Thankfully, the DJI drone app – DJI GO 4 (Google Playstore and Apple iOS Store) – previews the videos and pictures in real-time on your phone. The quality isn't as good as the footage on the drone and the videos often have rendering lines across them, but the footage it takes is still crisp. The only thing you need to guarantee sharp images is to add a micro SD card inside the drone. Without it, your pictures will be a much lower quality as they are sent long distances over wifi.

(Such as the following two pictures.) Image sent over wifi Another image sent over wifi

If you are flying a drone, be sure to always bring another person with you. This is not just for safety either. You need a co-pilot to help watch the sky for obstacles, such as birds, power lines, aircrafts, or storm systems. According to Transport Canada law, this co-pilot needs to keep the drone in sight at all times, and always have clear, non-obstructed communication with the pilot.

Sunset from the drone

One of the most surprising things I discovered about flying a drone is how it reacts to wind currents. For the most part, the wind is just a nuisance that we constantly live with. But for a drone, it is an opposing force that will push and pull the aircraft in every direction. While a light breeze at ground level is nothing, from 100 feet into the sky your drone might be getting thrown around. Be sure to always practice safe flying, no matter the weather conditions.

Flying a drone is fun and exciting, but it does come with a level of responsibility. If you choose to fly a drone, you could go with the option of getting an aircraft that is below the 250g weight limit, but I encourage you to get certified, get registered and fly the skies with the knowledge you need.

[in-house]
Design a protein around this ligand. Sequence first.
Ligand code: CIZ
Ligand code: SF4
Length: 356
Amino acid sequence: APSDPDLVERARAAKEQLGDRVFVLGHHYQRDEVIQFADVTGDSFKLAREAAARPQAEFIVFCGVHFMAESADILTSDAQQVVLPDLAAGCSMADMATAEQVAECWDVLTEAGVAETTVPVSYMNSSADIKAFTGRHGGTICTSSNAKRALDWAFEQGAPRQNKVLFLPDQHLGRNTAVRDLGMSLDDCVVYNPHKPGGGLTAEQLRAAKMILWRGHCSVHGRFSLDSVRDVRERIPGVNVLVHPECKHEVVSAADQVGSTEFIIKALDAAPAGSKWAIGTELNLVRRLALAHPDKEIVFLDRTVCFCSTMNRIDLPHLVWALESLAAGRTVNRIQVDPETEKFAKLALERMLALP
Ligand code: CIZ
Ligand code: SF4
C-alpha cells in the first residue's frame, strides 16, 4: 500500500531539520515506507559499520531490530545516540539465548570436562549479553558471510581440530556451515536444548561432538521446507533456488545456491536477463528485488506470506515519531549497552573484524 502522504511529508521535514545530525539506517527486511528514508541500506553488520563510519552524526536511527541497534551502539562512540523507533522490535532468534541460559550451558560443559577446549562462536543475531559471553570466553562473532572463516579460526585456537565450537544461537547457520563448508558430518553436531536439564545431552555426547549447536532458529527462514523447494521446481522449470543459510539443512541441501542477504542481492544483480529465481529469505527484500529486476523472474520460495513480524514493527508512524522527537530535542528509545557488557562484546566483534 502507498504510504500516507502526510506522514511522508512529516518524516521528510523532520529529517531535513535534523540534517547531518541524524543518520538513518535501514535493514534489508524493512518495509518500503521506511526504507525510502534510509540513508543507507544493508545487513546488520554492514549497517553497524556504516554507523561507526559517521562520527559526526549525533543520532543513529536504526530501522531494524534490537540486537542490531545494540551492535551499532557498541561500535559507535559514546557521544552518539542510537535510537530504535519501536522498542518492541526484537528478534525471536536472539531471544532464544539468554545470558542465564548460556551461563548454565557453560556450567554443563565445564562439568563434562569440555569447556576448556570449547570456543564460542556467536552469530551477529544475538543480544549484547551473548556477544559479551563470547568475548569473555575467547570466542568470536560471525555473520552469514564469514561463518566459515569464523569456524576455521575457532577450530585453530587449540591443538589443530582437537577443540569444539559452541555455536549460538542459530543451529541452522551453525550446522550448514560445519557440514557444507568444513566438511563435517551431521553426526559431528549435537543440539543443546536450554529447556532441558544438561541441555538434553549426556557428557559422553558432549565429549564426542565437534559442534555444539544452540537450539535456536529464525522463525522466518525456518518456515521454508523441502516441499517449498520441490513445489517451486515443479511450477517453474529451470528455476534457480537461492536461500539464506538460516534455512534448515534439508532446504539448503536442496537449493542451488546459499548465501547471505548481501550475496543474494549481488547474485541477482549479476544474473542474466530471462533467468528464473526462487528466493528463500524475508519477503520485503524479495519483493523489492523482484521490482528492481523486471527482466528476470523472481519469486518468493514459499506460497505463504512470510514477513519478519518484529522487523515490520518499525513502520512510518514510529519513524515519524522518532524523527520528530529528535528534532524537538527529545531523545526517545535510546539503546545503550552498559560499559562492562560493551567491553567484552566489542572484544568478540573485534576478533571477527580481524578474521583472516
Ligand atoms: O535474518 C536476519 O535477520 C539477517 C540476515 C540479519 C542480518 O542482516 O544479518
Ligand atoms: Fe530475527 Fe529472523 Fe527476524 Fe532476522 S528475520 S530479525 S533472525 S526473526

Do you have any other questions about flying a drone? Feel free to ask me in the comments below!

Don't forget to pin it!

How to Fly a Drone in Canada How to Fly a Drone in Canada

And, as always, a big thank you to my sweetheart Jessica Nuttall for proof reading a countless number of my articles. I couldn't do any of this without you. I love you.

Sharing this article helps the blog grow!

Get Your Complete List of What to See & Do in Regina!

Others are reading...

Requirements to Fly a Drone in Canada

The past few years have seen a boom in drone photography, but their usefulness goes beyond just pretty pictures and Instagram likes. You can use drones to survey fields, inspect the damage on a property, examine the area below bridges and, of course, take awesome selfies. But flying a drone needs to be taken seriously. Not only are drones dangerous, but they are also considered an aircraft – and you need to be certified to operate them.